Tag 2 beendet
gepostet 2011-06-02 07:15 GMT
Tag 2 beendet
gepostet 2011-06-02 07:15 GMT
With two rounds of action the field of 32 remaining players was trimmed down to the final eight. Players that won their first round matchups found themselves in the money. The loaded field made for some incredible matchups worthy of the $25,000 buy in.
David Benyamine, Daniel Aleai, John Juanda and Nick Schulman all found the door early after losing their first round, while Eric Froehlich, Matt Marafioti, Yevgeniy Timoshenko, and Gus Hansen all survived the day.
Nikolay Evdakov had the quickest and most decisive second round win having never cashed in either of his rebuy chips. Evdakov was the first to advance to Day 3 after knocking out fellow Russian Mikhail Smirnov. Eric Froehlich used his two rebuys relatively early in the match but managed to outlast the runner up in the 2009 Heads Up Championship John Duthie.
Tom Dwan and Gus Hansen had difficult paths to play each other in the second round of the night, defeating Ashton Griffin and Daniel Aleai respectively. When Dwan used his first rebuy early in the action all signs pointed to a quick match. However, Hansen and Dwan battled back and forth, exchanging the chip lead multiple times. When the smoke was cleared Hansen was left standing.
Join us tomorrow at 3 p.m. to follow all the action on Day 3 as the final eight play down to four. The bracket is as follows:
Anthony Guetti vs. Jake Cody
Gus Hansen vs. Matt Marafioti
Eric Froehlich vs. Nikolay Endakov
Yevgeniy Timoshenko vs. David Paredes
It's Hansen advancing to the round of eight after he's just taken care of Tom Dwan in a see-saw battle.
On the final hand, Gus Hansen opened to 220,000 from the button, and Dwan let out a big sigh and announced a three-bet all in. It was about 320,000 total, but Hansen took pause to let Dwan squirm before announcing the call and flipping up . Dwan was working with , and he'd need to improve to stay alive.
He would not. The board ran out , and Hansen's aces and nines punch his ticket into tomorrow's Elite Eight.
As poker bloggers, we're admittedly happy that the match is over. But for the 100+ fans that were standing elbow-to-elbow along the rail, it seems the structure could have been just a bit slower to avoid the shove-fest that the match degraded into. It's no matter to Hansen, always content to gamble.
It's another nice run for the Great Dane, the winner of the WSOP's last big-buyin heads-up event. In September of last year, Hansen took down the £10,000 Heads-Up event at the WSOP-E for just shy of £300,000, and he'll be the betting favorite heading into the final two days of this event as he looks for the quasi-repeat.
Down to his last 120,000 chips, Gus Hansen got all of them in the middle holding against the of Tom Dwan. The flop brought the and Hansen took the lead with a pair of jacks. A second on the turn sealed the hand for the Great Dane, and after another double-up on the very next deal, Hansen had rebuilt his stack to over 500,000.
gepostet 2011-06-02 06:49 GMT
We were distracted by an eruption from the Casino Employees' event across the room, and we missed the preflop action. We think Tom Dwan limped, then called a raise from Hansen, but either way, there was about 150,000 in the middle.
The dealer spread out , and Hansen very quickly fired 115,000 at the pot. Dwan moved all in, and Hansen made the call for not much more with . Dwan turned up for the draw, and it came through quickly as the landed right on the turn to give him the unbeatable straight. The on the river was meaningless, and Hansen is forced to part with a good chunk of chips. He's got just about 60,000 left in this second bullet here, and he's just now taken his last 200,000 to give him 260,000 and a big uphill climb back into this match.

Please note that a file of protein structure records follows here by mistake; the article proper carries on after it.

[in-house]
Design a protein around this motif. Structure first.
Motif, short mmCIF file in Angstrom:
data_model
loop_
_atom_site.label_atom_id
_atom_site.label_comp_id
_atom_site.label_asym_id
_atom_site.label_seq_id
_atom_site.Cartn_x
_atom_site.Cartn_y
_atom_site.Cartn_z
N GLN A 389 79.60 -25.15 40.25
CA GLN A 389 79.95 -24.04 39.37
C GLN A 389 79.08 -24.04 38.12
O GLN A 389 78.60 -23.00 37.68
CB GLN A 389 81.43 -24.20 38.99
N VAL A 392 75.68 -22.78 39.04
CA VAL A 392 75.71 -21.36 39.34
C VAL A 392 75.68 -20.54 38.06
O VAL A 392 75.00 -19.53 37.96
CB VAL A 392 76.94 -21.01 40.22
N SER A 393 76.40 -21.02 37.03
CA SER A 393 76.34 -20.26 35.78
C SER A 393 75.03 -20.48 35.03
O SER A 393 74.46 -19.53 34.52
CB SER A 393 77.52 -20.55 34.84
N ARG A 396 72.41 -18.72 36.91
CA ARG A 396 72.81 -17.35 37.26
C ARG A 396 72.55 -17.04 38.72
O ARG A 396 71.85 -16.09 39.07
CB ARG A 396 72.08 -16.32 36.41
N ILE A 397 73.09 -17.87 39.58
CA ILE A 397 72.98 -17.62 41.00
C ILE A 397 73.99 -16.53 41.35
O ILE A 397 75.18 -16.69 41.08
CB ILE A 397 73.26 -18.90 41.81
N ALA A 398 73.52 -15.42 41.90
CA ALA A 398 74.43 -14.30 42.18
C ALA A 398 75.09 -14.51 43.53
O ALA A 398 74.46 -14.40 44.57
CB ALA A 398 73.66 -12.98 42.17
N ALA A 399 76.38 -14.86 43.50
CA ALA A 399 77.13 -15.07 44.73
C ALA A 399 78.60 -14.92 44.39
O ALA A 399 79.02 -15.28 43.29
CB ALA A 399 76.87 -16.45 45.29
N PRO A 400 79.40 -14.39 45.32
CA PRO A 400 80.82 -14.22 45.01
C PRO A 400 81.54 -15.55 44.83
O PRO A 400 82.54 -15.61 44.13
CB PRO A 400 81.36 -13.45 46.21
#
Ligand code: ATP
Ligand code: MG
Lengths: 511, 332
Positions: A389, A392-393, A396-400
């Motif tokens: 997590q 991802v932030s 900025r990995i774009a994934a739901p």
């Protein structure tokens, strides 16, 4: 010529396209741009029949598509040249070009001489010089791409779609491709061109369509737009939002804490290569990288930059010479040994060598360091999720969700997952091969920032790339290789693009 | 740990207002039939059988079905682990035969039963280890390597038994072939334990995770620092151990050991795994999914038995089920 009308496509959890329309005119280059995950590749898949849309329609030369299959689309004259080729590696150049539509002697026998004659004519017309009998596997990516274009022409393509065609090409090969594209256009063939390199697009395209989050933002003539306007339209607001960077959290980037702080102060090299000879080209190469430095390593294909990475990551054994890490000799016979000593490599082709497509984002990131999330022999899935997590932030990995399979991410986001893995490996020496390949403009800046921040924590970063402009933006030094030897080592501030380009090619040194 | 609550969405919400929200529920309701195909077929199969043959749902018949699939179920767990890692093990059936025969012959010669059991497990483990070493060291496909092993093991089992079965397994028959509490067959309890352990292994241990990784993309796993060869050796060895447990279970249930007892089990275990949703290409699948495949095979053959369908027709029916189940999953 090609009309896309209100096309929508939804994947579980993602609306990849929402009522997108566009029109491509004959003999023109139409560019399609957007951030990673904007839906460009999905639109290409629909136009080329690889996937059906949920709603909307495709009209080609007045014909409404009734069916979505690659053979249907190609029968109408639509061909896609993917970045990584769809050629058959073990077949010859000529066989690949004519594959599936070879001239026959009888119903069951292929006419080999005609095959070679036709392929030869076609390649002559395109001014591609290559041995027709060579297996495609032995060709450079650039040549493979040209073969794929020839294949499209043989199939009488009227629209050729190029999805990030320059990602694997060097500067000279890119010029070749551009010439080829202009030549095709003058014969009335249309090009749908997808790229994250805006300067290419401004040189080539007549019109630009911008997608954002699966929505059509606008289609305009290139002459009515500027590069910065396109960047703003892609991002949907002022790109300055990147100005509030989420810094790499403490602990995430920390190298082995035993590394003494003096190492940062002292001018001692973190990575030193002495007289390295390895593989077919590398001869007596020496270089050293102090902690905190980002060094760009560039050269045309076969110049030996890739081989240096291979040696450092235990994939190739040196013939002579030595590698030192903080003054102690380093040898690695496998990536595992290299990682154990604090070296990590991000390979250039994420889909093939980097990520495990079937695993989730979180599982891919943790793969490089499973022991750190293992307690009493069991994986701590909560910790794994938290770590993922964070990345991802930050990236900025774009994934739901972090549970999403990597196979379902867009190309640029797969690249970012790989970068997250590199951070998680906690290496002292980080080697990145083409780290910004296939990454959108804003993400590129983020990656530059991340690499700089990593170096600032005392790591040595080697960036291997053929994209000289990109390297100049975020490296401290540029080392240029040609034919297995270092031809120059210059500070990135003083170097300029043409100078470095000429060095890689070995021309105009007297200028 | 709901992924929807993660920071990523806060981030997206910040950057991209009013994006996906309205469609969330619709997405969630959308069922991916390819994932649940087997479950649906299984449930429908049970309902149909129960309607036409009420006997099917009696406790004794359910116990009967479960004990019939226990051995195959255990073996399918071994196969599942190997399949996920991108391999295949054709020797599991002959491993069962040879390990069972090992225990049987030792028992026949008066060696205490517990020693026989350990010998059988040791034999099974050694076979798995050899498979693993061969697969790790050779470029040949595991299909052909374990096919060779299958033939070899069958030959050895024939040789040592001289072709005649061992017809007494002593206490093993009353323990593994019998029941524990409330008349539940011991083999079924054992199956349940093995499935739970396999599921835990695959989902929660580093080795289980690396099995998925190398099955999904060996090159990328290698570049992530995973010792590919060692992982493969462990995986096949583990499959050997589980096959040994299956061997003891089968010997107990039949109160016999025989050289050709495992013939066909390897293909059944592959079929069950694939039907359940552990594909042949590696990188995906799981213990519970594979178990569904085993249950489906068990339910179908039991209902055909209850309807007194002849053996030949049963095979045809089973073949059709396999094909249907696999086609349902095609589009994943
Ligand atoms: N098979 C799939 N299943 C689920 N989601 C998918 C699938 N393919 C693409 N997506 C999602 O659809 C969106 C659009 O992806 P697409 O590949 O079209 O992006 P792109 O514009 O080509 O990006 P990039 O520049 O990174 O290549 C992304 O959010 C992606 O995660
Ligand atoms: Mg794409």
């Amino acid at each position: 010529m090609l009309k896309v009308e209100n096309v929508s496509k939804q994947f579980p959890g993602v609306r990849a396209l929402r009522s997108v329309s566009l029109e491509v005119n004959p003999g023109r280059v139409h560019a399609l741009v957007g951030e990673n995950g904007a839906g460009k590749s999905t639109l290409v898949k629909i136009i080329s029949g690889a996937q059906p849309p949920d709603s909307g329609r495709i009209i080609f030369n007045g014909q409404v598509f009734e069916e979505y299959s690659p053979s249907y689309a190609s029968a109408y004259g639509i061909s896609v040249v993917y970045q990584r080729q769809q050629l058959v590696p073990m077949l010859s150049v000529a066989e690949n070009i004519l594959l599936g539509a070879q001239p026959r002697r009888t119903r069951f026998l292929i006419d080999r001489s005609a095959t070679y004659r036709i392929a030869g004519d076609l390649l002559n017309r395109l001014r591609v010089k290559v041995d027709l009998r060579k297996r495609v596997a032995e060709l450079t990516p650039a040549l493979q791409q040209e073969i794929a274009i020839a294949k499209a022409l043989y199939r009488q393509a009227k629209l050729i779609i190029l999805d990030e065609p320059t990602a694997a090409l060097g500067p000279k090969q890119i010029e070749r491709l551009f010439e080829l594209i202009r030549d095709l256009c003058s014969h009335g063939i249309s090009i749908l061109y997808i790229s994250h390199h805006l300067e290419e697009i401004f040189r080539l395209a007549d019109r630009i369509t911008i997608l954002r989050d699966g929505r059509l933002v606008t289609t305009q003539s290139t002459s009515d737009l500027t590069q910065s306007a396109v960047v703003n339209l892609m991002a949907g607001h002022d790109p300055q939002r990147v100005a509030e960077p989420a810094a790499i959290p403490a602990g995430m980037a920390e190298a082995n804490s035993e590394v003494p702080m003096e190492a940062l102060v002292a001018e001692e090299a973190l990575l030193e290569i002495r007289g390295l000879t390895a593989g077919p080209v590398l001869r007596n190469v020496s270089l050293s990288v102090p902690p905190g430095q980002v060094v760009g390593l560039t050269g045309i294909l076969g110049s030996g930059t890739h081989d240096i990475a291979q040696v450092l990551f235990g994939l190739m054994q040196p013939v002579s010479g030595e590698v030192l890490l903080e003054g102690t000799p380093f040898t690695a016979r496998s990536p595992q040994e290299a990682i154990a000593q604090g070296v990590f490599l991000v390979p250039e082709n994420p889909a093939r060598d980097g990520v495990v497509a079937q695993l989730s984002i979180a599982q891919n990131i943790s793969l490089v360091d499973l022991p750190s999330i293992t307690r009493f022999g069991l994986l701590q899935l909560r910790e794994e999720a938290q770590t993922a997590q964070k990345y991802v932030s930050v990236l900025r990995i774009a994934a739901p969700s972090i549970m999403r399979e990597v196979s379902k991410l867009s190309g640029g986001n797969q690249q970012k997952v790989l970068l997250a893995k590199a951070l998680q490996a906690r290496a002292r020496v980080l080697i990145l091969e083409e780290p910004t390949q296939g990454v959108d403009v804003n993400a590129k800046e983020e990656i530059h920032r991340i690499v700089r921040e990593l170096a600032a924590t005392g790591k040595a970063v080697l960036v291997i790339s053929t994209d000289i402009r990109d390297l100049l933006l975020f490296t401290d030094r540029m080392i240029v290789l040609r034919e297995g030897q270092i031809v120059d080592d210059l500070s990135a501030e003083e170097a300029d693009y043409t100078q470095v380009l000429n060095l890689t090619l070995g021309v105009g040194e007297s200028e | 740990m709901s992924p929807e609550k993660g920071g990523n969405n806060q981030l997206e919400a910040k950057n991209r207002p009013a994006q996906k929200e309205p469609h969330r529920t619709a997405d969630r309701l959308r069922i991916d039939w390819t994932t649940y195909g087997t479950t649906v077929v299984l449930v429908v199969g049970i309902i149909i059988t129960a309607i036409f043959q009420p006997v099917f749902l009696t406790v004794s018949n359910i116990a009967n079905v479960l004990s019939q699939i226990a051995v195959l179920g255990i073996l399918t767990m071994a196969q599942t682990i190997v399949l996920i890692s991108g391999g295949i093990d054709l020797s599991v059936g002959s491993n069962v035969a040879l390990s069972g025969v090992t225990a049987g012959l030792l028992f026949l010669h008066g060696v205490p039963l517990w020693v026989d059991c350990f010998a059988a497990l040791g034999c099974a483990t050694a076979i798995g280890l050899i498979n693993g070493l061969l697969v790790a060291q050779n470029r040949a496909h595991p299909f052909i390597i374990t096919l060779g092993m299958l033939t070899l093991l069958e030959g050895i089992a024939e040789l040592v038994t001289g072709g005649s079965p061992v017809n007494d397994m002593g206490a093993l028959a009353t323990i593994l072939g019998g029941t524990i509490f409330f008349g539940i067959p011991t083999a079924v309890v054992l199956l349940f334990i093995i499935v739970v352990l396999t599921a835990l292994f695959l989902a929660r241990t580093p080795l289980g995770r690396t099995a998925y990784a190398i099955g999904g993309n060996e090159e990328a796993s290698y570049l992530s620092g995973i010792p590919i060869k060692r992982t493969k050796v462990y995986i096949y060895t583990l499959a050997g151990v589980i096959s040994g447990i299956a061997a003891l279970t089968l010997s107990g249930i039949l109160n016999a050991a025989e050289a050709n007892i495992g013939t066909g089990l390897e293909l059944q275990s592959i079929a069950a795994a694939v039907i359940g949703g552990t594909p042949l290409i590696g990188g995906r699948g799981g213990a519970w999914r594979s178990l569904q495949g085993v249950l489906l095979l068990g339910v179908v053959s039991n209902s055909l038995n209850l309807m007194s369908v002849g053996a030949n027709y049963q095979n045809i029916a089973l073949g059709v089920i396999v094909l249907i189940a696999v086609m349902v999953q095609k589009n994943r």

Despite the confusion earlier over the chip stacks, Matt Marafioti hung on to knock Steve Billirakis out of the tournament. Marafioti opened for 48,000 on the button and Billirakis moved all in. Marafioti called and tabled and was up against Billirakis' .
With all the chips in the middle the board ran . Marafioti made a straight and spoiled Billirakis' tournament run.
Gus Hansen has been dragging most of the pots since his match with Tom Dwan began, but "Durrrr" is starting to make a run at this thing.
A couple hands ago, we walked up to the turn on a board showing . Dwan led out with 28,000, and Hansen called. On the river, Dwan bet another 83,000, and Hansen again called to see the cards. Dwan tabled , and Hansen chuckled at the sight of his opponent's running two pair.
Just a moment later, an even bigger pot broke out suddenly. On a flop, Hansen bet 30,000 before Dwan raised to 84,000. Hansen called, and the dropped on fourth street. Hansen had about 220,000 chips left in his stack, and Dwan bet 145,000 to commit him. Hansen spent a long, long while in the think tank before sticking his stack in there, and Dwan quickly called with . Hansen's was dead to three outs, and the river has swung this match in Dwan's favor.
Hansen still has 400,000 worth of second-chance chips, but it's now Dwan holding a 2:1 lead in the contest.
After Eric Froehlich min-raised to 48,000, John Duthie announced himself all-in and Froehlich made the call with . Duthie was in bad shape with and the flop of offered no assistance. The on the turn and the on the river locked up the match for Froehlich, who moves into the quarterfinals with the win. Duthie takes down $67,436 for his finish, while Froehlich has assured himself of at least $138,852 in this tournament.
gepostet 2011-06-02 06:22 GMT von EricRamsey
Das "Gap Konzept" ist eines der Konzepte von David Sklansky. Der "Gap" beschreibt die Unterschiede in den Handwertigkeiten eines Spielers, der raist, im Vergleich zu anderen Spielern die das Raise callen.
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